Well, I thought it was a toy, too, and swatted her hand away from pointing at my chest. She pulled the trigger, and a loud noise, a smell of cordite, and a surprisingly small hole in the wall later, we realized that it wasn't a toy. Oh, and that I was still there. And intact. So I had that going for me.
So it goes.
The thing that I find so bewildering about the gun debate is the nature of the interests asserted as so paramount that they must, must outweigh even the most minimal regulation of weapons in the interest of reducing avoidable carnage (more here)--carnage that continues to mount in the nearly 100 days since Newtown, and can be summarized thus:
In 2010, gun-related injuries accounted for 6570 deaths of children and young people (1 to 24 years of age). That includes 7 deaths per day among people 1 to 19 years of age. Gun injuries cause twice as many deaths as cancer, 5 times as many as heart disease, and 15 times as many as infectionsAgainst this, we have asserted interests that are legitimate but, in essence, trivial--the sportsman's and sportswoman's enjoyment of hunting, target shooting, and the like, or, quite frankly, inextricably intertwined with neo-confederate weirdness. Leaving the latter to the side, the tragedy is that the former--worthy of accommodation, not a bad thing in esse--has been raised by our society to a shibboleth. Even the regulations expressly deemed constitutional by Antonin Scalia's opinion in District of Columbia v. Heller are opposed as if they were the harbingers of tyranny.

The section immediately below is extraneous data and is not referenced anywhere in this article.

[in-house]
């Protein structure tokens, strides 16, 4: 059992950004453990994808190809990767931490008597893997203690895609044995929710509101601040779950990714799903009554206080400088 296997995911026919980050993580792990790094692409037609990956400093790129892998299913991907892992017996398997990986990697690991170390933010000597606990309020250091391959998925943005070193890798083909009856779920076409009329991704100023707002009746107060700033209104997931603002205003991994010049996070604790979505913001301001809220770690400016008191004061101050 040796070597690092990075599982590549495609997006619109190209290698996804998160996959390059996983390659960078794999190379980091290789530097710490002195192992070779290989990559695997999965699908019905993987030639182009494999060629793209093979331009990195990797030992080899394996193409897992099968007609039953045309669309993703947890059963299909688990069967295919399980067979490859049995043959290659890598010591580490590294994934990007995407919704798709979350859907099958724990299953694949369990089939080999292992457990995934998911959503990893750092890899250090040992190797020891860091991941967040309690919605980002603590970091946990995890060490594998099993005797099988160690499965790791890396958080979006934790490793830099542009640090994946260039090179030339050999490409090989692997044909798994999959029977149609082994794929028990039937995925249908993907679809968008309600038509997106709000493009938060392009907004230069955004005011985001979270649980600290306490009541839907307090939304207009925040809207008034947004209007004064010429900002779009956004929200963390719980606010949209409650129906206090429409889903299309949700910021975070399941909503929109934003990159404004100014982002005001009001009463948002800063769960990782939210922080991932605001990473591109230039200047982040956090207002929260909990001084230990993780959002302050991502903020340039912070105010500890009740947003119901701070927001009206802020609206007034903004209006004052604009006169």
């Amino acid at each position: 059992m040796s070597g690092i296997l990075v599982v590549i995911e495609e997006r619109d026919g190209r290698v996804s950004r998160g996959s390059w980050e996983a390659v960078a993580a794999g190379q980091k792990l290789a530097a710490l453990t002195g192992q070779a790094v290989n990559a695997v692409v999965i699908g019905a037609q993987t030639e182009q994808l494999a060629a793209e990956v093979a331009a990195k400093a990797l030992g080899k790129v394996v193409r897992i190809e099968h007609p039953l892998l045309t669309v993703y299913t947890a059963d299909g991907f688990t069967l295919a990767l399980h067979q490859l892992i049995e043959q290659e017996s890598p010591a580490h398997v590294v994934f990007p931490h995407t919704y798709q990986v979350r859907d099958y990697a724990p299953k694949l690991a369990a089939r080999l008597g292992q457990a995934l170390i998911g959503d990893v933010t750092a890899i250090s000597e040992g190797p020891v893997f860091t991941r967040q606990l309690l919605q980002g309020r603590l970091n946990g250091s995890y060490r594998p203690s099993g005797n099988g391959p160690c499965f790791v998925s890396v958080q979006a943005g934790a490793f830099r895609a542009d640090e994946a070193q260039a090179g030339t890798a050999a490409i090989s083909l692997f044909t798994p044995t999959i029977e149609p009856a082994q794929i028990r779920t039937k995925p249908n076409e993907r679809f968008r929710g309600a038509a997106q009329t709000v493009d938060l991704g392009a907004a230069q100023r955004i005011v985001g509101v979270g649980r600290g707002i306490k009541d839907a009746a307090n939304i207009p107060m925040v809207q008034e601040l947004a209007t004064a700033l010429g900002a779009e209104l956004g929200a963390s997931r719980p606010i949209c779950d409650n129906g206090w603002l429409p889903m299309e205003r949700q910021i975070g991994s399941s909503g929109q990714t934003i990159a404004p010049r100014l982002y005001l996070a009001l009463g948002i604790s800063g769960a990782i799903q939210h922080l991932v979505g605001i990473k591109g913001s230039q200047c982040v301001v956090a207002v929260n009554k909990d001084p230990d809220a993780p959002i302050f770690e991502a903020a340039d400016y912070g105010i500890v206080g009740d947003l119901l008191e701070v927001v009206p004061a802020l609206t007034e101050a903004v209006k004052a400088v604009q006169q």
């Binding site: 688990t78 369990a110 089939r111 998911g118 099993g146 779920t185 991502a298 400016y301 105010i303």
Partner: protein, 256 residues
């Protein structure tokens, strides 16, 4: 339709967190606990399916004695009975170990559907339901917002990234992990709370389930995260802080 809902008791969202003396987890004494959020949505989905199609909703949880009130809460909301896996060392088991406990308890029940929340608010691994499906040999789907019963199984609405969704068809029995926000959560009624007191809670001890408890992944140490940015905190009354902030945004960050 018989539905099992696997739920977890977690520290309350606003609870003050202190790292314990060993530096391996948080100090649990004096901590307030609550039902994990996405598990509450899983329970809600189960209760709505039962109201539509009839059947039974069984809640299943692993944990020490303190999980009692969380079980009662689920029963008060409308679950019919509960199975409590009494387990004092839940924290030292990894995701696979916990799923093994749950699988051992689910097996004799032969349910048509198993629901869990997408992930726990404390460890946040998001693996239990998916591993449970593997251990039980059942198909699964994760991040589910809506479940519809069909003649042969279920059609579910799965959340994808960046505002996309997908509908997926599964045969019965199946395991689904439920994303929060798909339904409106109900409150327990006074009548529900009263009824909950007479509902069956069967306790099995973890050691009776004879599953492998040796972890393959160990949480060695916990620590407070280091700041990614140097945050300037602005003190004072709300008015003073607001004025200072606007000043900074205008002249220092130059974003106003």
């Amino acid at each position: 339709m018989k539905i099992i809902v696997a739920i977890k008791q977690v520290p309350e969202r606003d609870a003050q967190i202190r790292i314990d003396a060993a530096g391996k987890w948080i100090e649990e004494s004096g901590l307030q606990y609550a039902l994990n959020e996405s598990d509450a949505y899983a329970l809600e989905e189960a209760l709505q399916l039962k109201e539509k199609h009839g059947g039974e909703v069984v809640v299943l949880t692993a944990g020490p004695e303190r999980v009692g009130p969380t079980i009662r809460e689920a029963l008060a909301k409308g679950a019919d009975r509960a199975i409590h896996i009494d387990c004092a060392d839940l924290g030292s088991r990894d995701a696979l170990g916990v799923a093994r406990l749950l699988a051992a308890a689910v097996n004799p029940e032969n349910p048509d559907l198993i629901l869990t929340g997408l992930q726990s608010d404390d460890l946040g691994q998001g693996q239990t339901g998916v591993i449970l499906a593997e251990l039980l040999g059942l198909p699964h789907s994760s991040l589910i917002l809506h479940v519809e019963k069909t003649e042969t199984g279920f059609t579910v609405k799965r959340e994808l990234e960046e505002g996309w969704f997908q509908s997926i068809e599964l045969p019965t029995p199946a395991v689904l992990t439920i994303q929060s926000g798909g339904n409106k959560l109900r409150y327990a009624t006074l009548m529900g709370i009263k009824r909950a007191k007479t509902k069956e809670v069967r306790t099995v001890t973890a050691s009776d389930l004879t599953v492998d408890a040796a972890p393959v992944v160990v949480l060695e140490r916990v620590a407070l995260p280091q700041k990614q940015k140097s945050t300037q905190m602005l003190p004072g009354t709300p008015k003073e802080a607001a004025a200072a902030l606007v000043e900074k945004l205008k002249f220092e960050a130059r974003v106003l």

Why? When I first read Gary Wills's story Our Moloch, I thought it was too strident. Now, as I look at the failure of even minimal reform and see the pro-gun forces striving to force every community to live in the shadow of the gun, I'm not so sure. Culture of death? Sadly, yes.